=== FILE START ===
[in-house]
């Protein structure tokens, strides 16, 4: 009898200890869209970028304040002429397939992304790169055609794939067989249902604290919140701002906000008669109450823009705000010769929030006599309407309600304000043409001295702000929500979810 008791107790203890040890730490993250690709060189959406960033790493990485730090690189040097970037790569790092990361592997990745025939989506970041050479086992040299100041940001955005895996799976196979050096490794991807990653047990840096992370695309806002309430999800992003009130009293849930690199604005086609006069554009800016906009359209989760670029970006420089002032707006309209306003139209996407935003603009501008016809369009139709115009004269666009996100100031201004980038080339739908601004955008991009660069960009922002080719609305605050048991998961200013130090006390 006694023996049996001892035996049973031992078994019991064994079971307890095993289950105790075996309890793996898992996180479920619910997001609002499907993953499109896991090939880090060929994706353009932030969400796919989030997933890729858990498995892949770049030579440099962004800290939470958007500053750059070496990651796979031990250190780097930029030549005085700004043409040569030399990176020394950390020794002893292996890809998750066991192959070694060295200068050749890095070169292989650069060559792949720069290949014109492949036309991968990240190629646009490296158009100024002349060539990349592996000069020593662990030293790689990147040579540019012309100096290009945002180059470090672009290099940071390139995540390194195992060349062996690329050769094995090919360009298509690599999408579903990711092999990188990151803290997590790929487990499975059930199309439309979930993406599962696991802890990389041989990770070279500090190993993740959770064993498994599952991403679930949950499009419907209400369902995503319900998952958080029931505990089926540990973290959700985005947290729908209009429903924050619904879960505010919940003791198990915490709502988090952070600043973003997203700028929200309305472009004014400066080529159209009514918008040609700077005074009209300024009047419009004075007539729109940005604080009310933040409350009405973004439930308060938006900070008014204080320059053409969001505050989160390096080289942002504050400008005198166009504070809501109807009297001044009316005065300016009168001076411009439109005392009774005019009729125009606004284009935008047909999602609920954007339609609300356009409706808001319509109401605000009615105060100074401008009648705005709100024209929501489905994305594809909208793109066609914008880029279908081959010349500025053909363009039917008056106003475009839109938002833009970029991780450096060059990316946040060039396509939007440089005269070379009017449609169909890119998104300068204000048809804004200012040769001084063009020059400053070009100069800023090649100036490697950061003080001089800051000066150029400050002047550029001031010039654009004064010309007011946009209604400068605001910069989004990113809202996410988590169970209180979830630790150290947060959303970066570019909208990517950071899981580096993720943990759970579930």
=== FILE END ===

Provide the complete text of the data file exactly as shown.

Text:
[in-house]
């Protein structure tokens, strides 16, 4: 009898200890869209970028304040002429397939992304790169055609794939067989249902604290919140701002906000008669109450823009705000010769929030006599309407309600304000043409001295702000929500979810 008791107790203890040890730490993250690709060189959406960033790493990485730090690189040097970037790569790092990361592997990745025939989506970041050479086992040299100041940001955005895996799976196979050096490794991807990653047990840096992370695309806002309430999800992003009130009293849930690199604005086609006069554009800016906009359209989760670029970006420089002032707006309209306003139209996407935003603009501008016809369009139709115009004269666009996100100031201004980038080339739908601004955008991009660069960009922002080719609305605050048991998961200013130090006390 006694023996049996001892035996049973031992078994019991064994079971307890095993289950105790075996309890793996898992996180479920619910997001609002499907993953499109896991090939880090060929994706353009932030969400796919989030997933890729858990498995892949770049030579440099962004800290939470958007500053750059070496990651796979031990250190780097930029030549005085700004043409040569030399990176020394950390020794002893292996890809998750066991192959070694060295200068050749890095070169292989650069060559792949720069290949014109492949036309991968990240190629646009490296158009100024002349060539990349592996000069020593662990030293790689990147040579540019012309100096290009945002180059470090672009290099940071390139995540390194195992060349062996690329050769094995090919360009298509690599999408579903990711092999990188990151803290997590790929487990499975059930199309439309979930993406599962696991802890990389041989990770070279500090190993993740959770064993498994599952991403679930949950499009419907209400369902995503319900998952958080029931505990089926540990973290959700985005947290729908209009429903924050619904879960505010919940003791198990915490709502988090952070600043973003997203700028929200309305472009004014400066080529159209009514918008040609700077005074009209300024009047419009004075007539729109940005604080009310933040409350009405973004439930308060938006900070008014204080320059053409969001505050989160390096080289942002504050400008005198166009504070809501109807009297001044009316005065300016009168001076411009439109005392009774005019009729125009606004284009935008047909999602609920954007339609609300356009409706808001319509109401605000009615105060100074401008009648705005709100024209929501489905994305594809909208793109066609914008880029279908081959010349500025053909363009039917008056106003475009839109938002833009970029991780450096060059990316946040060039396509939007440089005269070379009017449609169909890119998104300068204000048809804004200012040769001084063009020059400053070009100069800023090649100036490697950061003080001089800051000066150029400050002047550029001031010039654009004064010309007011946009209604400068605001910069989004990113809202996410988590169970209180979830630790150290947060959303970066570019909208990517950071899981580096993720943990759970579930």